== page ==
## The barber of Sevillegreenspun.com : LUSENET : TB2K spinoff uncensored : One Thread |

Bertrand Russell's paradox:

If the barber of Seville shaves all the men of Seville who do not shave themselves, does he shave himself?I propose that Regis Philbin ask this question of Gore and Bush on national TV. Whoever gives the best answer becomes our prez-i-DENTAH. Judging will be performed by the same panel that judges the Miss America Pageant.

A tie breaker bonus question comes from a Greek guy named Zeno.

This contest is only for President. Kathy Lee will NOT be a prize.

-- Lars (lars@indy.net), November 16, 2000

http://www.shu.edu/html/teaching/math/reals/infinity/answers/barber.ht mlhttp://www.uncwil.edu/people/stanleym/bewitch/53.html

-- A (pair@o.docs), November 16, 2000.

Sal Maglie - N.Y. Baseball Giants.Rich

-- Bingo1 (howe9@shentel.net), November 16, 2000.

"A"--Regis has declared you to be the winner. Please report to the White House by Jan 20. Everything is furnished. You need to bring nothing but personal belongings and interns.

Bingo--

Very good. Only the most dedicated trivia freak would remember Sal (the barber) Maglie. Now who was his catcher? (I don't know)

-- Lars (lars@indy.net), November 16, 2000.

>> If the barber of Seville shaves all the men of Seville who do not shave themselves, does he shave himself? <<As stated this is not really a paradox, because it does not define the two sets (men shaved by the barber and men who shave themselves) as mutually exclusive. Therefore the simple answer is yes: the Barber of Seville is shaved both by himself

andby the Barber of Seville.

-- Brian McLaughlin (brianm@ims.com), November 16, 2000.

Perry Como was a barber before he was a crooner before he had goopy Christmas TV shows while wearing a cardigan before he croaked.

-- (nemesis@awol.com), November 16, 2000.

Brian--Sorry, you are too late. But if you explain Zeno's paradox, Regis will consider you for Mr Congeniality.

-- Lars (lars@indy.net), November 16, 2000.

I don't know-third base

-- FutureShock (gray@matter.think), November 16, 2000.

>> But if you explain Zeno's paradox, Regis will consider you for Mr Congeniality. <<For the curious, here is Zeno's paradox:

A tortise challenges Achilles to a foot race. Achilles laughs and offers the tortise a headstart.

The race starts. Soon, Achilles has covered precisely one half the distance between himself and the tortise. A short time later, he has covered half the remaining distance. A short time after that, Achilles has covered half of

thatdistance, and so on.Because the distance between Achilles and the tortise is

infinitelydivisible by half, it stands to reason there are aninfinitenumber of moments during which Achilles has not overtaken the tortise. Therefore, Achilles canneverovertake the tortise.The essential refutation here is the same as the proof that .9999... repeated as an infinite series, is precisely equal to 1.000... but don't ask me to get more specific than that, because Zeno cleverly cloaked his paradox in fractions, rather than decimals, making it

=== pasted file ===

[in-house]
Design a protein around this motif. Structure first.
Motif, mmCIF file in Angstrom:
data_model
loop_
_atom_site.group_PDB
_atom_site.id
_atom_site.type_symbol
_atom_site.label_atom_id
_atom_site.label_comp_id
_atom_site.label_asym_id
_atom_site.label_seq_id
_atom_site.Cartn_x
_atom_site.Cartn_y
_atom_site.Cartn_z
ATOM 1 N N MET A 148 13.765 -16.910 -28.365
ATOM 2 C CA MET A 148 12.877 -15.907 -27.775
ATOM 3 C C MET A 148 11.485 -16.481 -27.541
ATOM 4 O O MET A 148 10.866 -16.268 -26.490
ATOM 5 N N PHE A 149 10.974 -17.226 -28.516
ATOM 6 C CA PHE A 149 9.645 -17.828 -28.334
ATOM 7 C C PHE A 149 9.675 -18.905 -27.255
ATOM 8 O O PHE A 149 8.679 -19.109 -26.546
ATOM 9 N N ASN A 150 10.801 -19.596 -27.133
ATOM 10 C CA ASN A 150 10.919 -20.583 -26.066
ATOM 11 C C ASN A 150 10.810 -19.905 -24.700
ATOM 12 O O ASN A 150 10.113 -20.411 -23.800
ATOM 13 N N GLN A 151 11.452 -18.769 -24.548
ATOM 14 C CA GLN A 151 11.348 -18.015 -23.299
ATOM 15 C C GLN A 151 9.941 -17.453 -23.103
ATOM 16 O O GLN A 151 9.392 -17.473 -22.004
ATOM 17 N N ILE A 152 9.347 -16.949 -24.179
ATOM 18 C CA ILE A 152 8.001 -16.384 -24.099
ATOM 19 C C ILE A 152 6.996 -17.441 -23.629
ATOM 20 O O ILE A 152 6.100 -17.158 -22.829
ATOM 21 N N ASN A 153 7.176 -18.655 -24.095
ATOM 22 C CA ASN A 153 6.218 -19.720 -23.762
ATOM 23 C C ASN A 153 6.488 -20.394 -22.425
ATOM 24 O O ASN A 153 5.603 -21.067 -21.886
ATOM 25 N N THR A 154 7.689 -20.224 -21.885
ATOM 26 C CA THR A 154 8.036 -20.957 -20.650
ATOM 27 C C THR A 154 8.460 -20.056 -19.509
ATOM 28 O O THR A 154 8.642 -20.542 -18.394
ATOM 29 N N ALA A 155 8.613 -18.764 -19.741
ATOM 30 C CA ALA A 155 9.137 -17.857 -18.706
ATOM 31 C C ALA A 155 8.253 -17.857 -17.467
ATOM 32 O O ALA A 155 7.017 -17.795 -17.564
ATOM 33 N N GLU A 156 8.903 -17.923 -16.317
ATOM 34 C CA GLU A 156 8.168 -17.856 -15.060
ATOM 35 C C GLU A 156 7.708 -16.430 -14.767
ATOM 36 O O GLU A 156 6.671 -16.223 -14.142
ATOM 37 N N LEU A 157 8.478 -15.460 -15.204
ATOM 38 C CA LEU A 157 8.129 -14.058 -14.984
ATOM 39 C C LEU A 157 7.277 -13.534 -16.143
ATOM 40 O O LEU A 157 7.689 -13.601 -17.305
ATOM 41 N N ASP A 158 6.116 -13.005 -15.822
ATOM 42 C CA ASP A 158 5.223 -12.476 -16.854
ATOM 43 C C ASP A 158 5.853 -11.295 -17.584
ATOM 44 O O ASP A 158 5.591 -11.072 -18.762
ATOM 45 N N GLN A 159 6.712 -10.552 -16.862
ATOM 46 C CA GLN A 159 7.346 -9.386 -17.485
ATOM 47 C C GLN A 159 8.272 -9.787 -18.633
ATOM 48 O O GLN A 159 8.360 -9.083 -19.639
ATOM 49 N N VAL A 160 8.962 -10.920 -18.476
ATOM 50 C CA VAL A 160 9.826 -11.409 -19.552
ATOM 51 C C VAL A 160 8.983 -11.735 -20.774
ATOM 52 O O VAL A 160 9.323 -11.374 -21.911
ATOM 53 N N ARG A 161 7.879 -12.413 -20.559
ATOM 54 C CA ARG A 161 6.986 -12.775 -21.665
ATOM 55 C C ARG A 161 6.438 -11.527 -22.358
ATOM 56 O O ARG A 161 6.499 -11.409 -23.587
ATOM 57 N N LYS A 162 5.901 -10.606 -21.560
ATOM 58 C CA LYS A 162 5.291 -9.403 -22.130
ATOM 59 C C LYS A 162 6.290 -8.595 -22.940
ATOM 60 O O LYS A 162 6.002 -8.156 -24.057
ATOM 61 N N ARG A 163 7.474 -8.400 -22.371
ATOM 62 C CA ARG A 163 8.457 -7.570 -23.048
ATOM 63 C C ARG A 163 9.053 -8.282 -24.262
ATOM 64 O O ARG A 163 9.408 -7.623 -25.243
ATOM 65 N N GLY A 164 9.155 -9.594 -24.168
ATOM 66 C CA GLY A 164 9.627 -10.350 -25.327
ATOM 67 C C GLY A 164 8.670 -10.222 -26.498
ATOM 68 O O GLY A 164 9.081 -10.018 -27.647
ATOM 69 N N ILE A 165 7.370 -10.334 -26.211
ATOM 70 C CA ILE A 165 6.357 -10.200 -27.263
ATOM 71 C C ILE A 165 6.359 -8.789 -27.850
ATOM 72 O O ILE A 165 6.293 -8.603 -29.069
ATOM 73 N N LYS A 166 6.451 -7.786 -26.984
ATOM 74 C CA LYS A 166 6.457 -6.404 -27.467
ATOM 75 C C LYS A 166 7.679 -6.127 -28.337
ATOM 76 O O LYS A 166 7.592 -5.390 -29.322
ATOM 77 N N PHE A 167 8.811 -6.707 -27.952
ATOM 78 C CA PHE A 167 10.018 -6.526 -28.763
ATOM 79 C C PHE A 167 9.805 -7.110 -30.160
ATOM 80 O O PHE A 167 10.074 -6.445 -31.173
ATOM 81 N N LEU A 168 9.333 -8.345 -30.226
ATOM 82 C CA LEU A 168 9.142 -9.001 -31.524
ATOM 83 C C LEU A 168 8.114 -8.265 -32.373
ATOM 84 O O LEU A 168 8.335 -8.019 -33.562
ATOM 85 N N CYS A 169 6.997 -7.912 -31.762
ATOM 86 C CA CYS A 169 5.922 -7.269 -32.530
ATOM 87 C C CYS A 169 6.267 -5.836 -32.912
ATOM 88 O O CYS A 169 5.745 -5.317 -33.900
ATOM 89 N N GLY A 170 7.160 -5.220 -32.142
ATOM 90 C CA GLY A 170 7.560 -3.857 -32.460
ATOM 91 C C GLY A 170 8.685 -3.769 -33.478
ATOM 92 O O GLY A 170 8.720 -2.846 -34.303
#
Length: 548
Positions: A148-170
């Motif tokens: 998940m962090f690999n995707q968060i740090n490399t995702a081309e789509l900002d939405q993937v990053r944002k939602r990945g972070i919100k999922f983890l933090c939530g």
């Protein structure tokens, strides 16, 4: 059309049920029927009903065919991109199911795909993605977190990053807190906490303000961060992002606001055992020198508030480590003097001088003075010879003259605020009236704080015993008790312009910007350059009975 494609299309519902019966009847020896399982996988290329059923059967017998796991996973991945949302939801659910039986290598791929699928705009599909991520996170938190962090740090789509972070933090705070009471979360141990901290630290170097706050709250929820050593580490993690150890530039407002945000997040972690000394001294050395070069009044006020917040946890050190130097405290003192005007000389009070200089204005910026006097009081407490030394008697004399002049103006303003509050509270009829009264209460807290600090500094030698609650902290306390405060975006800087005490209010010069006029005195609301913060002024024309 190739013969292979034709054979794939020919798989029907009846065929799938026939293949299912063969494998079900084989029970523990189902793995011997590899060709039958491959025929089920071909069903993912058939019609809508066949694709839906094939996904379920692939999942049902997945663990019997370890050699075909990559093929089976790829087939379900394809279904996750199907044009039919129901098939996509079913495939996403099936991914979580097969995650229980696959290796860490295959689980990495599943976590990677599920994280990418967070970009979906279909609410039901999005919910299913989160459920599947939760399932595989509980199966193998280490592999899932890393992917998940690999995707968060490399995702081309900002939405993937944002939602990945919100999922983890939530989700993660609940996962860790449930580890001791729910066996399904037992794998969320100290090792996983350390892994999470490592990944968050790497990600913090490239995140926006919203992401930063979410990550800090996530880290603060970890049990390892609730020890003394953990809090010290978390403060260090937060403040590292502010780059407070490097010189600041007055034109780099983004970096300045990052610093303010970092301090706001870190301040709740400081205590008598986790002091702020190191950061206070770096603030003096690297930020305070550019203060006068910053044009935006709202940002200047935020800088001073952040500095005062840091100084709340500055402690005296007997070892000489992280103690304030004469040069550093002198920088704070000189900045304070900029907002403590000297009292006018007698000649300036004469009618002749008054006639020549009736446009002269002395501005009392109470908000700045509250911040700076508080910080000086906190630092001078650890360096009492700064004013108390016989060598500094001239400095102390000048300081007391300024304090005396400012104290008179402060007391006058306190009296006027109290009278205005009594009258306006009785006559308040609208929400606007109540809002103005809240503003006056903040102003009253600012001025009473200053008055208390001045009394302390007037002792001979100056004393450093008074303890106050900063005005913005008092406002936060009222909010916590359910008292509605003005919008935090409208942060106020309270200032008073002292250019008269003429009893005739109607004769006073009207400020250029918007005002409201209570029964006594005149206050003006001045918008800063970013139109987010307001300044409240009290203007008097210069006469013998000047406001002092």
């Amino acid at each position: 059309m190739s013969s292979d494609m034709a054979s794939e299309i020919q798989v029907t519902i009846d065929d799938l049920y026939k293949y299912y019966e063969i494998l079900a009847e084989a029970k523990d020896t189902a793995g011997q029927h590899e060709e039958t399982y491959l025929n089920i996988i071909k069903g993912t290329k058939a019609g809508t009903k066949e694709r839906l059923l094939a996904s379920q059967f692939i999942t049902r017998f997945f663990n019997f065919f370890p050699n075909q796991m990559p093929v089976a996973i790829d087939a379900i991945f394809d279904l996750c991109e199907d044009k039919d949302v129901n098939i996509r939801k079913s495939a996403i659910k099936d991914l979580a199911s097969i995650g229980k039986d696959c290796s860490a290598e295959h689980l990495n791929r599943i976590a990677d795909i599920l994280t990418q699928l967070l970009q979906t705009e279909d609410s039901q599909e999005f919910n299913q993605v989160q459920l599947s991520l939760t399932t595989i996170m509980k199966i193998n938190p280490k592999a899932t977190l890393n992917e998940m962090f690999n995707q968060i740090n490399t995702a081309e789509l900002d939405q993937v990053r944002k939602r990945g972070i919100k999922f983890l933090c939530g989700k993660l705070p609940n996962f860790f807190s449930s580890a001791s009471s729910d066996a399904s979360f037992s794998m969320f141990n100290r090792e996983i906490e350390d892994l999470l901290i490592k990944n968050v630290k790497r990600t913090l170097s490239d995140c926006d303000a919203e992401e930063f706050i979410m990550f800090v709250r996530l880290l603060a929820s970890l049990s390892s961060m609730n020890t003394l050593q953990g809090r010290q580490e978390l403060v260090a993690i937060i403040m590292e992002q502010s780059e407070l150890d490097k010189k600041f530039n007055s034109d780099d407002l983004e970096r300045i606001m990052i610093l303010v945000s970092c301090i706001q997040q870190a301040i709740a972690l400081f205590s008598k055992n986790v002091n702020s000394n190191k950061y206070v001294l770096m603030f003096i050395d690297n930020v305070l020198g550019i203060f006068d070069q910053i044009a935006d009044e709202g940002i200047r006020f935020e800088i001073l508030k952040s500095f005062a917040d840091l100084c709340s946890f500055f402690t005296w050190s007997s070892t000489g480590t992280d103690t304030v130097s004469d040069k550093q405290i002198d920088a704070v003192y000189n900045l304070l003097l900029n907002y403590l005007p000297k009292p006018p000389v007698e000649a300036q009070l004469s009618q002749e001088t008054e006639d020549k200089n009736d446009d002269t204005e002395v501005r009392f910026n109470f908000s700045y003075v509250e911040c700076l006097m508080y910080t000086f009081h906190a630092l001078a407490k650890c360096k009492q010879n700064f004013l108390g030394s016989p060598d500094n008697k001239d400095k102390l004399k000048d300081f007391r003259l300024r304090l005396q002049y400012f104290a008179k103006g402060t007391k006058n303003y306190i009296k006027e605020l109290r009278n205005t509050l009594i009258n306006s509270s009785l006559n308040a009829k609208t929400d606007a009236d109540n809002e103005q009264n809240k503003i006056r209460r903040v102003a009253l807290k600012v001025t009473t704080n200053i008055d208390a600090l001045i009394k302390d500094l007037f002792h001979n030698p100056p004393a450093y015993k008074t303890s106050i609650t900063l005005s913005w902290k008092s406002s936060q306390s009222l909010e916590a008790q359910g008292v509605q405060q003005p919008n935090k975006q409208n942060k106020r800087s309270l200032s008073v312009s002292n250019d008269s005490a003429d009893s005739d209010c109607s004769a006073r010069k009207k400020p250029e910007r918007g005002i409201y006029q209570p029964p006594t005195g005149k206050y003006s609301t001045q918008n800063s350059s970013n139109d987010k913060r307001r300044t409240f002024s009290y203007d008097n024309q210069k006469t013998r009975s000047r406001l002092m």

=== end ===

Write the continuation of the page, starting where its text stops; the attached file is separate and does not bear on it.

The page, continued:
infinitelymore intractable to simple explanation.Lars - care to go where Regis fears to tread?

-- Brian McLaughlin (brianm@ims.com), November 16, 2000.

>> But if you explain Zeno's paradox, Regis will consider you for Mr Congeniality. <<For the curious, here is Zeno's paradox:

A tortise challenges Achilles to a foot race. Achilles laughs and offers the tortise a headstart. Big mistake here in Zeno Land!

The race starts. Soon, Achilles has covered precisely one half the distance between himself and the tortise. A short time later, he has covered half the remaining distance. A short time after that, Achilles has covered half of

thatremaining distance, and so on.Because the distance between Achilles and the tortise is

infinitelydivisible by half, it stands to reason there are aninfinitenumber of moments during which Achilles has not overtaken the tortise. Therefore, Achilles canneverovertake the tortise.The refutation here is essentially the same as the proof that .9999... repeated as an infinite series, is precisely equal to 1.000... but don't ask me to get more specific than that, because Zeno cleverly cloaked his paradox in fractions, rather than decimals, making it

infinitelymore intractable to simple explanation.Lars - care to go where Regis fears to tread?

-- Brian McLaughlin (brianm@ims.com), November 16, 2000.

No! I wasnottrying to demonstrate that my reply could be posted an infinite number of times. I just goofed up, that's all.

-- Brian McLaughlin (brianm@ims.com), November 16, 2000.

LOL.This following is not a mathematically rigid explanation of Zeno but it has always made sense to me, a master procrastinater). To me, Zeno is saying "just

doit". The secret of overtaking the tortoise is simply to keep going; just walk right thru those invisible "halfway" barriers.

-- Lars (lars@indy.net), November 16, 2000.

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